So yeah, even if you’re skillful , running around killing dozens of zombies with just a sword (no maintenance) is just unrealistic.
Do you have a cite for swords and other primitive melee weapons becoming unusable that quickly? It doesn’t pass the sniff test to me: we have the manuals of arms for Napoleonic era cavalry men, they were expected to run down dozens of fleeing soldiers during a pursuit, and as far as I know there aren’t any sections in the manuals about needing to retire after riding down a half dozen people because your saber was unusable.
Heck, if you use a cleaver or hatchet to dismember animal carcasses, you don’t have to resharpen it after butchering a half dozen of them. Not quite the same scenario as fighting, but similar.
Weapon maintenance is a thing that CDDA doesn’t handle well right now, but I’d expect that weapons would last longer than what you’re suggesting.
Plate armor is really superb protection aganist melee weapons, and even more aganist scratches, bites and punches. Some proper made, hardened steel, 1,5mm thick plates can deflect 9mm in some cases, or at least lower the impact. Its muskets and other long blackpowder guns like jezzails that ended era of knights. And when we talk about blunt damage… Maybe steel isnt best energy absorber (still better than for example ceramic plates), but it can spread energy of impact over much larger area. So if youre hit with baseball bat, or hulk punch, you will be much better wearing steel plates, even if you absorb the same amount of energy, it will do much less damage when spread.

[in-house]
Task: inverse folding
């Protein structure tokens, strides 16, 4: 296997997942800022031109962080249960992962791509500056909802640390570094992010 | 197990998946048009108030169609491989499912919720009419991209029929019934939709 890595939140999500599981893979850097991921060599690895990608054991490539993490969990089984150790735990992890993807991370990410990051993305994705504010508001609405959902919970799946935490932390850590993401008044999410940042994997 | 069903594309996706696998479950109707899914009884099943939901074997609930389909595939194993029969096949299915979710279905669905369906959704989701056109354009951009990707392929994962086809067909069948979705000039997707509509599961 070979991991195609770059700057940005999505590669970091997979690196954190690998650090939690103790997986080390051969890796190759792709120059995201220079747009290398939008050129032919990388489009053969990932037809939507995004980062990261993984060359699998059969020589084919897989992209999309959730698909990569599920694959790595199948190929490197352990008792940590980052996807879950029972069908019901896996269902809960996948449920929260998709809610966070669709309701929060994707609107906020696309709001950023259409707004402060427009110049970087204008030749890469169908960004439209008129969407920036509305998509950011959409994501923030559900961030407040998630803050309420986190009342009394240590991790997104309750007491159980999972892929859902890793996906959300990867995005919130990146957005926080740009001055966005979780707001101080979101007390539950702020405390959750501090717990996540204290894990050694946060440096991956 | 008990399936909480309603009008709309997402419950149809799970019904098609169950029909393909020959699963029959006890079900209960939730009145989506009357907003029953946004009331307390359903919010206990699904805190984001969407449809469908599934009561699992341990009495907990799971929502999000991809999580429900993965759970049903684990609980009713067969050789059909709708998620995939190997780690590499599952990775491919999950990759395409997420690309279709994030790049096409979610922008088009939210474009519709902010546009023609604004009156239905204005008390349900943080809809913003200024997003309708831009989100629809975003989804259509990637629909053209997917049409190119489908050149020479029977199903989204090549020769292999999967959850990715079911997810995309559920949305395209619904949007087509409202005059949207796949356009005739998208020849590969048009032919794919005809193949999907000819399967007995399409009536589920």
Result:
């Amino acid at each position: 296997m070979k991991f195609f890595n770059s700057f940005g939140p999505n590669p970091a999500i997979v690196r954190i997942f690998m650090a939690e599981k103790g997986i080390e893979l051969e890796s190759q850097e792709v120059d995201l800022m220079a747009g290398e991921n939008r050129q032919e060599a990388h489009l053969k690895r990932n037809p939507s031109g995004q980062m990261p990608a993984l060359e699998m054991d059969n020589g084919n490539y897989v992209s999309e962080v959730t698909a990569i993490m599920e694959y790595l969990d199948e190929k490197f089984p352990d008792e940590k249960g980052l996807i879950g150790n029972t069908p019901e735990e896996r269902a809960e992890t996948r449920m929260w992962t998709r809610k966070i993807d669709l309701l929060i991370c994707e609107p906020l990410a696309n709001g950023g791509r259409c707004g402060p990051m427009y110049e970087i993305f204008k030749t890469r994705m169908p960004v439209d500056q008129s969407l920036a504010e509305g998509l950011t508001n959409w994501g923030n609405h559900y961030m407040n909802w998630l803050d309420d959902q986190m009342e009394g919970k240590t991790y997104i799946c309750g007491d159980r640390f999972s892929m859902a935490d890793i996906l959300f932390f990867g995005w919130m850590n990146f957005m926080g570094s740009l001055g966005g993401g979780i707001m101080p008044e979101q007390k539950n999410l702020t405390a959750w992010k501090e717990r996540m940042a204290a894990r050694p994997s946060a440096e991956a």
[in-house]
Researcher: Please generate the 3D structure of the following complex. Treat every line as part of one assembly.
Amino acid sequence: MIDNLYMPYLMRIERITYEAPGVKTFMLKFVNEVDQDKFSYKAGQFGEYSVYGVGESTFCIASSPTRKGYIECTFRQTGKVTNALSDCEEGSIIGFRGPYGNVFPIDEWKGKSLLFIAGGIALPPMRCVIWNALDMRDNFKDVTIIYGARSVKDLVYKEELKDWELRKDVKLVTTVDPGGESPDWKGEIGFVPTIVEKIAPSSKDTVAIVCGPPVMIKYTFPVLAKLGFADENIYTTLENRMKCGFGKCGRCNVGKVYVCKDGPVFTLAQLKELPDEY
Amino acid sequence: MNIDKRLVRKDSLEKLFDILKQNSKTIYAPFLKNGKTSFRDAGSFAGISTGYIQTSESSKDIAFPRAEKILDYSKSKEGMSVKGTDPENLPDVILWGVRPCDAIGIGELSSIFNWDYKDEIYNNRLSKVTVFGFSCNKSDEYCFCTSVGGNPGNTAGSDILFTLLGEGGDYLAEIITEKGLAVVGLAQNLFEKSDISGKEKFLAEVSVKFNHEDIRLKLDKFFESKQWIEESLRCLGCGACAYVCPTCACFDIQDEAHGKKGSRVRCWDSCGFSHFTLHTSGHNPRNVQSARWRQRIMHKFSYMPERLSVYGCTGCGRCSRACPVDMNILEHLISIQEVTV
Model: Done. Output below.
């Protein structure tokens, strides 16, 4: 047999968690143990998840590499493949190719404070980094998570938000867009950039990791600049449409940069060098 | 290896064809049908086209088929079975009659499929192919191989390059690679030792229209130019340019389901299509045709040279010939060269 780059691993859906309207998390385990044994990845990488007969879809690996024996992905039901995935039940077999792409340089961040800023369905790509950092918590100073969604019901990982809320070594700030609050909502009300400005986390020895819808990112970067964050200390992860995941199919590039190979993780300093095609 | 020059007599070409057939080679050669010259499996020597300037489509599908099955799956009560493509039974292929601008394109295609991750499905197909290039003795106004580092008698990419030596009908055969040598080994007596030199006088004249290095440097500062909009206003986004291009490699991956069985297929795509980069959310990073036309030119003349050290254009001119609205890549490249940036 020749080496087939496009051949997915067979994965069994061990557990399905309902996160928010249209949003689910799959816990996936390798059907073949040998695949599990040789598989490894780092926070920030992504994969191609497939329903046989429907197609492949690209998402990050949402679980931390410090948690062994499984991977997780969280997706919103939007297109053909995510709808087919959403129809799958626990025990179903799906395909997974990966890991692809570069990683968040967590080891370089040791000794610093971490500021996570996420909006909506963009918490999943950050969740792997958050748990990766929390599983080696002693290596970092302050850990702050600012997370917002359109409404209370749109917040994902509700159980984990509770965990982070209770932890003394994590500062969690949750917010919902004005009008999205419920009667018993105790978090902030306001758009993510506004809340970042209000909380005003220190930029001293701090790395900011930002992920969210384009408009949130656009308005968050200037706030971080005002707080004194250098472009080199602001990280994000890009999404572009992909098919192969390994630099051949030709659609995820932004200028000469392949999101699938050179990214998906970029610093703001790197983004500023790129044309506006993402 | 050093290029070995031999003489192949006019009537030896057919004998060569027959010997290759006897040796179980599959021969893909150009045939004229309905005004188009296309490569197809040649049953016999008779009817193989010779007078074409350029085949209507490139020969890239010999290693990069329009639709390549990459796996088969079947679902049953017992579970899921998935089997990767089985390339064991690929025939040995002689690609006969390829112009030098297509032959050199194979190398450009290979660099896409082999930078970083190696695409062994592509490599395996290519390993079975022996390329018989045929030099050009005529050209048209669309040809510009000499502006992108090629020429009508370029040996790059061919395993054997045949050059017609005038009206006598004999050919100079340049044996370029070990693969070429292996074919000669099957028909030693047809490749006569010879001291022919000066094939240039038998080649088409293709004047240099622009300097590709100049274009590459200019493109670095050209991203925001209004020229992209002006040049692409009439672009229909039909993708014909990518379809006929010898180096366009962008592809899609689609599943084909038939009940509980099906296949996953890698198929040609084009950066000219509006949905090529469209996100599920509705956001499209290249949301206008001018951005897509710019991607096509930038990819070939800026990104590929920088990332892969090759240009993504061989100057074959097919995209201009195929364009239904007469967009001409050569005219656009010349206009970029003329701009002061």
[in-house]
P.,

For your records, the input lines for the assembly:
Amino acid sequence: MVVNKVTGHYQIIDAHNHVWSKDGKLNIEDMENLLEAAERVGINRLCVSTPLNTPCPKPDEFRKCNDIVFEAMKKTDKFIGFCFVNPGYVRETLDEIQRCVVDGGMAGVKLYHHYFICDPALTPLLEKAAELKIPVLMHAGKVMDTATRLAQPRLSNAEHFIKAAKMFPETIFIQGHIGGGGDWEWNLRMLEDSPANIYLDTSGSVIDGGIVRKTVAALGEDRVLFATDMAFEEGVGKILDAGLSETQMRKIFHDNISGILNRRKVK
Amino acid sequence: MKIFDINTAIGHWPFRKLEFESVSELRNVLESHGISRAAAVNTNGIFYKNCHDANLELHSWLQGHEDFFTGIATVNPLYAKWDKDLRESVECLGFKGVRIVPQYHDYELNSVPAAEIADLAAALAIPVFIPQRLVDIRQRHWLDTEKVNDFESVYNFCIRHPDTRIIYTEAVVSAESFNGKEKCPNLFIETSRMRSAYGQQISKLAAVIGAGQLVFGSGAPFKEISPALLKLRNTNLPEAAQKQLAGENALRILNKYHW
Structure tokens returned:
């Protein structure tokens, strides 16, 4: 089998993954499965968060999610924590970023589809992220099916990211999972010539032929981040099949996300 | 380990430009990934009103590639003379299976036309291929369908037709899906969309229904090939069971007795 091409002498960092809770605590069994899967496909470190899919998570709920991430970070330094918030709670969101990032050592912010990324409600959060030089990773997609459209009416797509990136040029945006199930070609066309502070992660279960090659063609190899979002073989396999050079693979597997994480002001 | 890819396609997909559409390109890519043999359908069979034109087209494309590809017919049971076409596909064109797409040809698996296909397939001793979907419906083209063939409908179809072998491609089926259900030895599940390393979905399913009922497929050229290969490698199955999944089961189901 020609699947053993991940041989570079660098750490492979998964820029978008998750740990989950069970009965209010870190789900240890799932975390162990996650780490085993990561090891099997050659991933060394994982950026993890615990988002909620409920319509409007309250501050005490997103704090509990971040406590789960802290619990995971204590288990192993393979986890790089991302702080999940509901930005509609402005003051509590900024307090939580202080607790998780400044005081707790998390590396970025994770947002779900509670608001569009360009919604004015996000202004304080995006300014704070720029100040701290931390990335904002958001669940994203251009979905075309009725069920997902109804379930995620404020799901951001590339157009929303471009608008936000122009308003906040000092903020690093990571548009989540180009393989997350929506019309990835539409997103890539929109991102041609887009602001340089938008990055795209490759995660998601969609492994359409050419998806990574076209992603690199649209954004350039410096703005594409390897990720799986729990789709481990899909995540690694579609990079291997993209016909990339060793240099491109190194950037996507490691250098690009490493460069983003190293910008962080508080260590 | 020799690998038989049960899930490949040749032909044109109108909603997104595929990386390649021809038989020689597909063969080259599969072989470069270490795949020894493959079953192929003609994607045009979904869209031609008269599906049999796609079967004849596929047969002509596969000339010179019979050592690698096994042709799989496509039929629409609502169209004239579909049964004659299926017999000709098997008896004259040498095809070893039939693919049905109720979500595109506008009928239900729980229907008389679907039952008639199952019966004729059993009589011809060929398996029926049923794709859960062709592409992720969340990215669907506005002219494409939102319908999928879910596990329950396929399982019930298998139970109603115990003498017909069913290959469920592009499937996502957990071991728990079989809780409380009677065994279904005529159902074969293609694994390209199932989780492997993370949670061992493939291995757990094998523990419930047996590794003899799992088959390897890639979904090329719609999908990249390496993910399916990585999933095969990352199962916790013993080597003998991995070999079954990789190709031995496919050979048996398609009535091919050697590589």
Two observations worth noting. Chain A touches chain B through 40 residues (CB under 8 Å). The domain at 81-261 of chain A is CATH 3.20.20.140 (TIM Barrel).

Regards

On the oposite, things like padded armor, gambesons etc. dont spread the energy of impact, but they absorb it quite well. And when you combine these two things… you get very potent combo. Energy distributed over lets say 10x times larger area means 10x more of padding underneath armor can work to absorb damage. But we dont have mechanic in game that would allow certain combinations of armor work better than when separate.
I think when people hear that blunt weapons are “good” against heavy armour they don’t take into account that it’s “comparatively” good against heavy armour. People running around with maces didn’t stop people using plate, as you said, guns did.
Guns also didn’t entirely stop armor. There was a downward progression, first people stopped armoring their arms and legs, because a bullet wound there was typically not immediately fatal, and because armor is hot, heavy, time-consuming to put on, and most importantly, expensive. Putting soldiers in a breastplate and helm was effective and much cheaper.